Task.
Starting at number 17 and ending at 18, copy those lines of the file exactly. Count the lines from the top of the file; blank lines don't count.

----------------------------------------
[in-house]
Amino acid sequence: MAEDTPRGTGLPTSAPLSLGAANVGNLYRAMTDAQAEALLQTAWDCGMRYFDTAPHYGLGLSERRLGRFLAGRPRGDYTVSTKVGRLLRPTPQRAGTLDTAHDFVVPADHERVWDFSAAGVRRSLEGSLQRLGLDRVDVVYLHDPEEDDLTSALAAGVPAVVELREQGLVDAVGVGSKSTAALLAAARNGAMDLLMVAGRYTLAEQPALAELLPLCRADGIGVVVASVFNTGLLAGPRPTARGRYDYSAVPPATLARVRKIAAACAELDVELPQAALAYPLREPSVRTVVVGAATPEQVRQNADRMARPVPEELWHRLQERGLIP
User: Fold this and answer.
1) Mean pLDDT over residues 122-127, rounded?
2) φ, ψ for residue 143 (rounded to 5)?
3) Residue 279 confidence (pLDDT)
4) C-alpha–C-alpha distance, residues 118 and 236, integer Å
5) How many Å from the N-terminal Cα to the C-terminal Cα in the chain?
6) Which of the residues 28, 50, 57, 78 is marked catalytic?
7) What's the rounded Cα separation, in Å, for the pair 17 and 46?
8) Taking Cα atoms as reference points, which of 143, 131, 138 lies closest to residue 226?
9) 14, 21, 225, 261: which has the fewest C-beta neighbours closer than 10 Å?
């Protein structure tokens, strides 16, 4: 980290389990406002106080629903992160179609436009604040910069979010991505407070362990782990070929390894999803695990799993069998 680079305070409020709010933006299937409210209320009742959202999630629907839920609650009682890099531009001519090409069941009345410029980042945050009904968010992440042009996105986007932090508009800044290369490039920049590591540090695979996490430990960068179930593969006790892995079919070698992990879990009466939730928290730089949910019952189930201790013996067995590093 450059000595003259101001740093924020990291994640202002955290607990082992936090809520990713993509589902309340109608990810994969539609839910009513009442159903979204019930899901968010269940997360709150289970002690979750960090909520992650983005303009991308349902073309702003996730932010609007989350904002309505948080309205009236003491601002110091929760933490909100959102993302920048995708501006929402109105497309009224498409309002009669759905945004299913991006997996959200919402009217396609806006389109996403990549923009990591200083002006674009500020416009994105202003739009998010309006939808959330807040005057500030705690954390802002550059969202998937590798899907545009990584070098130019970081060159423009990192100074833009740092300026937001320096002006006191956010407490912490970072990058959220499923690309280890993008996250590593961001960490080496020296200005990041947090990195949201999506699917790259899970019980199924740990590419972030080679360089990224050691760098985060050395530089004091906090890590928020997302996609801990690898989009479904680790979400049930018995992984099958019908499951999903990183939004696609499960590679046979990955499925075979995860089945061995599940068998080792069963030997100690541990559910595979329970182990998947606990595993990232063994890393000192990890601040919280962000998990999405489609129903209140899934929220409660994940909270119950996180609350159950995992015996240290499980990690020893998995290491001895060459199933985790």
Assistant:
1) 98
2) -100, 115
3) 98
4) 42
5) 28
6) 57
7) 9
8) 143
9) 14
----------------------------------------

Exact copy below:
3) 98
4) 42